What happens when two country stars release different versions of the popular song, “How Do I Live?” Trisha Yearwood and LeAnn Rimes unintentionally went head-to-head for a round of who-sung-it-better in 1997 when the song was released.
According to Wide Open Country, when Diane Warren promised her song “How Do I Live” to LeAnn Rimes, the young star was just 14-years-old. Rimes was already famous for her first hit, “Blue,” in which she astonished the country world with her polished, lilting vocals. However, after further consideration, executives decided that the song’s content was too mature for a young teenager.
As a result, they replaced Rimes with established country singer Trisha Yearwood, who at the time was 33-years-old. Apparently, Yearwood had no idea that Warren previously promised “How Do I Live” to LeAnn, but the train was already in motion.
The question then was, who would make it higher on the charts?
The Results Were in For ‘How Do I Live’
When the two versions of “How Do I Live” reached radios, the country world became captivated with who the better artist was. Wide Open Country reported that Trisha Yearwood reached the No. 2 slot on the Billboard Hot Country Hits chart and No. 23 on the Billboard all-genre Hot 100 chart.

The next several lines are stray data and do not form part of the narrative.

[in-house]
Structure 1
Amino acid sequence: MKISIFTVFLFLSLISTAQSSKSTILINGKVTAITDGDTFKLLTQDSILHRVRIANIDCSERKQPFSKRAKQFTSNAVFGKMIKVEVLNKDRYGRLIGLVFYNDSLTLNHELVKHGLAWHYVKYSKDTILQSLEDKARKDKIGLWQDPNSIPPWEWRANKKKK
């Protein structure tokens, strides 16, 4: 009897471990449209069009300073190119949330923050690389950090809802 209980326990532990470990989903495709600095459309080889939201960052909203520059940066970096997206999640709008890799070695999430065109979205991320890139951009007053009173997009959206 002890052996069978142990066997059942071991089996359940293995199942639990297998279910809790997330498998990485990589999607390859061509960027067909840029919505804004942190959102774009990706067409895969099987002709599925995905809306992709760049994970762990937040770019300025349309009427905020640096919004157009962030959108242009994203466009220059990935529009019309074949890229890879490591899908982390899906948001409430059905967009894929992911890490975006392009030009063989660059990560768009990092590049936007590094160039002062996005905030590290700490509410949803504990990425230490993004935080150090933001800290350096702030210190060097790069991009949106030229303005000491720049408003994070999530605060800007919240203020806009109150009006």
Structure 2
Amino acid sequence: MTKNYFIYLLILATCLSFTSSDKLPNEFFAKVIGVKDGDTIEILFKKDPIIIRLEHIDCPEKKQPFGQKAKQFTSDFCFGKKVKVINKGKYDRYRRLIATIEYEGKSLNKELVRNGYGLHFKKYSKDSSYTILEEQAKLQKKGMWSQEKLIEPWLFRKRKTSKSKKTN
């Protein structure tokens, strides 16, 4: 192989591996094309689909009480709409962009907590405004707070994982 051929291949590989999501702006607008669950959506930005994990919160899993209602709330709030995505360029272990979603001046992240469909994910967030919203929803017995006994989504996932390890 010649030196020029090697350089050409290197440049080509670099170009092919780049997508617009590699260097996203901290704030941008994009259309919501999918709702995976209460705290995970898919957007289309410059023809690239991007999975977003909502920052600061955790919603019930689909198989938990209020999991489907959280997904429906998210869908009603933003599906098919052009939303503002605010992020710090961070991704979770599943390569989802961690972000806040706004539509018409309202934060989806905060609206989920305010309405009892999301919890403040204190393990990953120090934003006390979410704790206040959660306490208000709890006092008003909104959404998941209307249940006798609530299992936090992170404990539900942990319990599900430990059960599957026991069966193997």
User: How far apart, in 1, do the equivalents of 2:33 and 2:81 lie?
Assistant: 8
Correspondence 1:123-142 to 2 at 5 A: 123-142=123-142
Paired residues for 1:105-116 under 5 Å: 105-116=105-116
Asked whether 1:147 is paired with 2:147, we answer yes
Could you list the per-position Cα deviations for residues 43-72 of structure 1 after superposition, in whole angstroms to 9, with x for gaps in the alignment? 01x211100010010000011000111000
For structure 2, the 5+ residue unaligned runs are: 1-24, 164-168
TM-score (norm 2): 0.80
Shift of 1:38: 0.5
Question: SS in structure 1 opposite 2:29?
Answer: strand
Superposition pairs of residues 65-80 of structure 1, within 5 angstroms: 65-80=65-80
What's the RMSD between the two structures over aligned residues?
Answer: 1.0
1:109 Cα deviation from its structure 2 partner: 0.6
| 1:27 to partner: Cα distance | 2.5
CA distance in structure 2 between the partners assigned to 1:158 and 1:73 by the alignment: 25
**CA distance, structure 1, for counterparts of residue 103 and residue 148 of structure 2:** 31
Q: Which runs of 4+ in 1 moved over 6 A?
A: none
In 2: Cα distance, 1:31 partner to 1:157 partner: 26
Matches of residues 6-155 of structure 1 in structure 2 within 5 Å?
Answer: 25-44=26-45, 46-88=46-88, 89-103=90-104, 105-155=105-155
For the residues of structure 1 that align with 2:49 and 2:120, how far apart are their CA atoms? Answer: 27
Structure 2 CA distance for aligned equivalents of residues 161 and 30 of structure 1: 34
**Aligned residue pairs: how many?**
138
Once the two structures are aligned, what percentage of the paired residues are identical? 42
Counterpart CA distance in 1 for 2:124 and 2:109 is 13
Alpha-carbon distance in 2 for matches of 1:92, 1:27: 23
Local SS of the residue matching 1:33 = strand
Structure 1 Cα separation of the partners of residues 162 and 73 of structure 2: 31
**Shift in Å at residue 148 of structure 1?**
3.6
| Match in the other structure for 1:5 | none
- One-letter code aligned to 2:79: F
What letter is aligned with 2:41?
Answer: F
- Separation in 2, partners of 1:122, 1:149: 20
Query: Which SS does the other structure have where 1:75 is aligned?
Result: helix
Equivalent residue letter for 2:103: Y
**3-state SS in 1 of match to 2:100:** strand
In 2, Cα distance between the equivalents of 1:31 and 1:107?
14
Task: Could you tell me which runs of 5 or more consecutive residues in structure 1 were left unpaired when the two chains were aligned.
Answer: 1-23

LeAnn Rimes mirrored Trisha’s performance, placing 43rd on the country chart and second on the all-genre chart. Although, her high place on the all-genre chart remained for 69 weeks, far beating Yearwood’s longevity.
The battle of “How Do I Live” didn’t end with there, though.
Both women would find, for the first time in music history, that their versions of the song received nominations for Best Female Country Vocal Performance in 1998.
The winner? Trisha Yearwood.
However, even though Yearwood won the Grammy (and also took home the Female Vocalist of the Year trophy at the 1997 CMA Awards), Rimes earned something shiny of her own from the song. In March 1998, the RIAA certified her version of “How Do I Live” as 3X Platinum with 300 million units sold in the U.S—all before she was even old enough to drive.
So who was the better singer? That depends on who you ask.
“Everyone’s got their favorite version,” Outsider’s Jim Casey concluded. “Diane penned a great song…Win-win-win for everybody.”